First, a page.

This year’s fullness of fall activities and harvest proved to be a good distraction—  and once again Thanksgiving was upon us. Although I have been writing thanks for some time now, keeping a record of His gifts, I like to prepare for a season such as this in a tangible, fun way with the kids.

The few days leading up to Thanksgiving were full, preparing for guests and making food for the guys in the field. It occurred to me that we could spin this another way, we could begin our intentional record keeping of gifts starting on Canadian Thanksgiving and ending in a celebration of American Thanksgiving. After all I am technically American!

The trees were still full of fall leaves. We brought in branches, we made our own paper branches, and we cut out leaves from sticky notes and found apple shaped sticky notes.
This would become our tree of Thanksgiving where we could visibly see His gifts given in this short space of time. All of us, collaborating a chorus of praise.

As American Thanksgiving is fast approaching, would you consider how your family might collaborate to intentionally mark your gratitude?

Time speeds along during this season of the year—  maybe one little act could draw your family into His presence as you seek to see His gifts?

So when you come around the Thanksgiving table at the end of the month you will have seen His glory in a new way, experienced His goodness in a new way, given your kids the gift of counting His gifts. You may just decide it’s too great to stop counting!

Happy Thanksgiving from up North.

 

P.S. Ann Voskamp has an awesome free printable that could be the thing your looking for?? We will be doing this next year for sure, so lovely.

Kids and Nature, Psalm 19, How to Identify Evergreen Trees {with a printable} and More

 

Getting our kids and ourselves outside— in nature— is important. Here are a few reasons why:

1. Nature reveals to us that a Creator exists. When you look at the intricacy of nature is hard to believe it is all here by chance; the complex beauty and the way that all works together to create this perfect place to live… points to a Master Designer, which helps to shape a Biblical worldview. In the words of CS Lewis, when you look at the wonder of creation “it takes more faith to be an atheist” than to believe in a Creator.

God’s glory is on tour in the skies, God-craft on exhibit across the horizon. Madame Day holds classes every morning, Professor Night lectures each evening. Their words aren’t heard, their voices aren’t recorded, But their silence fills the earth: unspoken truth is spoken everywhere. (Psalm 19:1-4 The Message) See also Psalm 8:3-4, Jeremiah 8:7, Matthew 2:2, Acts 2:19-20, Revelation 8:12, Romans 1:19-20.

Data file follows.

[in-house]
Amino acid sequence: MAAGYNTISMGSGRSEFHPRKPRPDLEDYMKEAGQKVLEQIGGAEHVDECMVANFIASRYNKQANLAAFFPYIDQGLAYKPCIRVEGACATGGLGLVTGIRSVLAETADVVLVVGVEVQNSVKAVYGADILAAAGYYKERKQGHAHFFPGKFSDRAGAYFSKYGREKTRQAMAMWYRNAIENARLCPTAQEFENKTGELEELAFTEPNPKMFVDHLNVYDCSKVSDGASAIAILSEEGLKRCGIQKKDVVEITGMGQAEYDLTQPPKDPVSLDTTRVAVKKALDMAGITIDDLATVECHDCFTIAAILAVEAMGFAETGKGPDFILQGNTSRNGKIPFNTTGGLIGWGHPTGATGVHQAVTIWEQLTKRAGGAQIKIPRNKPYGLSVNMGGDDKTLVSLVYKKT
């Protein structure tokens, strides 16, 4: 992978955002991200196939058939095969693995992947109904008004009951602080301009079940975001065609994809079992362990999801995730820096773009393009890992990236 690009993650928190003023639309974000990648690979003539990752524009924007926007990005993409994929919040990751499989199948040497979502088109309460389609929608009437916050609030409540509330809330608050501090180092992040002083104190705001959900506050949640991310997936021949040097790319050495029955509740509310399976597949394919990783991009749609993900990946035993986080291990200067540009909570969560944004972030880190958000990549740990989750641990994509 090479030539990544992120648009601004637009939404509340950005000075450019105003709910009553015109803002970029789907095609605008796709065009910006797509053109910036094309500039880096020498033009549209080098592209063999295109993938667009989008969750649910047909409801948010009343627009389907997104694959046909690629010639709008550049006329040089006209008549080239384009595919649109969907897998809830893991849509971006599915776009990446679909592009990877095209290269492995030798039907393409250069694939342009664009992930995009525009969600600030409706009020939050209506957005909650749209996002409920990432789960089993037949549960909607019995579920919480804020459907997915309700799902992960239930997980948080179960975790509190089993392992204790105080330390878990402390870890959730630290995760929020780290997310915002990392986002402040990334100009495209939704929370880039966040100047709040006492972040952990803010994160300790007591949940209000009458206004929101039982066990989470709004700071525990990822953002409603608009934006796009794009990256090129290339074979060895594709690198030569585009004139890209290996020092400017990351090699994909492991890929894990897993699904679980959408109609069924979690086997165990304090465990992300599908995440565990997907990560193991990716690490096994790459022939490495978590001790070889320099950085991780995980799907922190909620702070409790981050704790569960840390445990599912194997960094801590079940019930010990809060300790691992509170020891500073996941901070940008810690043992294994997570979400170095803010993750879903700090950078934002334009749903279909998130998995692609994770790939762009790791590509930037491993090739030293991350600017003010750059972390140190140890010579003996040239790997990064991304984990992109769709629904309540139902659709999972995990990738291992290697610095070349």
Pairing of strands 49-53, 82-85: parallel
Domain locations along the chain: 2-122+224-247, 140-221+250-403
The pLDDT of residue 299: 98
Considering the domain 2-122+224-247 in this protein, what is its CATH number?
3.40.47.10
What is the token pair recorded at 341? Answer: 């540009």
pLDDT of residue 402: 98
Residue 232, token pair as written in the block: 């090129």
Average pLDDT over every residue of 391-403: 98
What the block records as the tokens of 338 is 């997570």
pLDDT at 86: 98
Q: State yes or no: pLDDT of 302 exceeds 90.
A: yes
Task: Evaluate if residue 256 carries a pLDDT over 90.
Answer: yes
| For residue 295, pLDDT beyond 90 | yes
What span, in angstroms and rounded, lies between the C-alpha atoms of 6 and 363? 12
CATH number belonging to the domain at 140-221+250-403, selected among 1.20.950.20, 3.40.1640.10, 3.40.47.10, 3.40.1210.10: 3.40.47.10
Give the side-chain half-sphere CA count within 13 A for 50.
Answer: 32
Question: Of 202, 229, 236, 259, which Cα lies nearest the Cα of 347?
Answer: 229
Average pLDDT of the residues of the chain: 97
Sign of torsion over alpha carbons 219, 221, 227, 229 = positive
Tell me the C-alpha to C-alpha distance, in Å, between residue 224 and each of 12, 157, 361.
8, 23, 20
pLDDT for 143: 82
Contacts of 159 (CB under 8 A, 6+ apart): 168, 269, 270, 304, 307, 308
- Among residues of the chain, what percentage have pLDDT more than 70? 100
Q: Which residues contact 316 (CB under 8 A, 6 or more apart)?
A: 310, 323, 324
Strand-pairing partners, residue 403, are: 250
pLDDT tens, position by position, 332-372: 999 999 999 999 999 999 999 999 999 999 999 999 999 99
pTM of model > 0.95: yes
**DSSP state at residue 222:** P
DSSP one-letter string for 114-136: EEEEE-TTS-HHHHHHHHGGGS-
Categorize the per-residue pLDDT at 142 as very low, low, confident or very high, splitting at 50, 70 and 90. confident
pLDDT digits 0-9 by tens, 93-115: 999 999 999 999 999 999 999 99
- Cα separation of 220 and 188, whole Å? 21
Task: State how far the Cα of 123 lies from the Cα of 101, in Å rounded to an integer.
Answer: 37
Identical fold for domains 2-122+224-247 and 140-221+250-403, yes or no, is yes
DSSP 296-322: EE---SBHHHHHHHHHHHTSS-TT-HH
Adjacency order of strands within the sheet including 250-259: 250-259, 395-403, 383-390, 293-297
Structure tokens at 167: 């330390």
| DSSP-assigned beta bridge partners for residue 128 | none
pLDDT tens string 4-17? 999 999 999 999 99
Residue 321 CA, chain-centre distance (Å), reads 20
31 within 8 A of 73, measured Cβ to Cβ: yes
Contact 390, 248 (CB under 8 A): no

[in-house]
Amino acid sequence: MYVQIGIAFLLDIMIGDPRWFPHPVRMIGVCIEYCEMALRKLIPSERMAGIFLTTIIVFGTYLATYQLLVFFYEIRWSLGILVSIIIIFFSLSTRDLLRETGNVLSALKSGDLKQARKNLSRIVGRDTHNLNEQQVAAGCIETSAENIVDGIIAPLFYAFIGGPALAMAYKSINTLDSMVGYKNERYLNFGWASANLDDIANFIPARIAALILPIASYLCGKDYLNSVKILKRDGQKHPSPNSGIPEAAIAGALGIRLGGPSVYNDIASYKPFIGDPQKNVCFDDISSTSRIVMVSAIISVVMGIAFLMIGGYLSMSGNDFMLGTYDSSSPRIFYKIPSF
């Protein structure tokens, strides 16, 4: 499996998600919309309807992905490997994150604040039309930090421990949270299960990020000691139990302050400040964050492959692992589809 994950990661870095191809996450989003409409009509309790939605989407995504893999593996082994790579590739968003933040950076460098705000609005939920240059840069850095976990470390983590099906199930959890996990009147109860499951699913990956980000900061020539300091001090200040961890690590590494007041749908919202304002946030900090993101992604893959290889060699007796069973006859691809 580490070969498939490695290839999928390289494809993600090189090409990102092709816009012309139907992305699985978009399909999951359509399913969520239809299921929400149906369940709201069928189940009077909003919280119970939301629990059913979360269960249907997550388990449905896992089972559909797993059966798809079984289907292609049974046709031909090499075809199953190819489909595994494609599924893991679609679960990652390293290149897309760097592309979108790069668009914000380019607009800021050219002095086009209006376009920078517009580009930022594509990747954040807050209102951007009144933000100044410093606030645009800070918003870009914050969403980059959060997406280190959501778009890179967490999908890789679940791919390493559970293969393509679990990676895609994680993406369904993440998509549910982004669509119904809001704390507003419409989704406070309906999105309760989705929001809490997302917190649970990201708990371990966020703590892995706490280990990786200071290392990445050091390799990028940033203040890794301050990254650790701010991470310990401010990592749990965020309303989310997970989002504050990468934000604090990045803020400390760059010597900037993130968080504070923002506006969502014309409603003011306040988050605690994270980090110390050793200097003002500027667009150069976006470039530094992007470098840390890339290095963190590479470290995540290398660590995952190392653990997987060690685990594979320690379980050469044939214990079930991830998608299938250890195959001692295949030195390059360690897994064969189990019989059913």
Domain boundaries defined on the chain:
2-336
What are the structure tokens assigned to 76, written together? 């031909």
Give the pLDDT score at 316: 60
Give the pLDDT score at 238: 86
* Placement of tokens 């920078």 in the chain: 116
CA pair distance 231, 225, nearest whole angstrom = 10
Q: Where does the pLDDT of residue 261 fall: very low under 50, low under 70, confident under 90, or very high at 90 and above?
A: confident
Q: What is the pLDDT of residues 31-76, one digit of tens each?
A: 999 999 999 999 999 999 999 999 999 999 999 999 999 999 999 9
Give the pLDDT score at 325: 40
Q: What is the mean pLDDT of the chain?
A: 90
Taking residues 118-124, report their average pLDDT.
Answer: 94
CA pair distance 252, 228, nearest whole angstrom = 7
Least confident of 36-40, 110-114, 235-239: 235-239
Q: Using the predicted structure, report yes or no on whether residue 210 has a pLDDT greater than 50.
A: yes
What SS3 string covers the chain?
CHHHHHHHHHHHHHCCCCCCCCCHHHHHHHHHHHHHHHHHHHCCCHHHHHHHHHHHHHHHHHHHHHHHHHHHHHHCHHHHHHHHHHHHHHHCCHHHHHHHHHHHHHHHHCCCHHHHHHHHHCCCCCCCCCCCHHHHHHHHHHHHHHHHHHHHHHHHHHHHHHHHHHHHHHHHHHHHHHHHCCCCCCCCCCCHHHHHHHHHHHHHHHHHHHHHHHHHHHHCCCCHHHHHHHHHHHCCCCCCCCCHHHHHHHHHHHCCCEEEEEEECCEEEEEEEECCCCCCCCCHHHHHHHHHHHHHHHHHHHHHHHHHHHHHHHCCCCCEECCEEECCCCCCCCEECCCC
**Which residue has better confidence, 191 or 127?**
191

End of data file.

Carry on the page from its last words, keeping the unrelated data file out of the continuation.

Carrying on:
2. Nature reveals the nature of the Creator. Have you ever been to a museum to see a famous sculptor or painting? Have you ever taken in a masterpiece of art? When you listen to musical geniuses like Handel or Bach, or read great works by Tolkien, are you not amazed by their creativity and skill? The thing about taking in such a work is that you wonder more at the brilliance of the artist than the art itself. And so it is in creation. In nature so much is revealed about God’s nature— His power, sovereignty, goodness, vastness, care, majesty, creativity, wisdom, intentionality and more.

3. Nature— creation— is one of God’s greatest gifts to us, yet we are often so busy that we hardly make time to “open” the gift. It’s like receiving a million dollar gift and choosing never to open it. When God created the world He made provisions— not just for humankind’s needs— but also for their wants. He hid all sorts of gifts in the earth for us to uncover and discover. Sweet fruit to eat, wildflowers to make the earth beautiful, the songs of birds to fill the air.  In all that He made— He provided wonderful things to see, taste, smell, hear, touch, discover, and use. It all is a gift and He made it to be a blessing and balm to our souls.

4. Spending time in nature connects us to our Creator. All of this— the intricacy, artistry and goodness of God’s creation—  evokes a response of worship. There is so much to take in and to cause us to marvel at His brilliance. There is an excellent book that talks about connecting with God through nature (among other venues) called Sacred Pathways by Gary Thomas.

5. Nature arouses the imagination (as numbers 1-4 above imply) and 6. is beneficial to the health.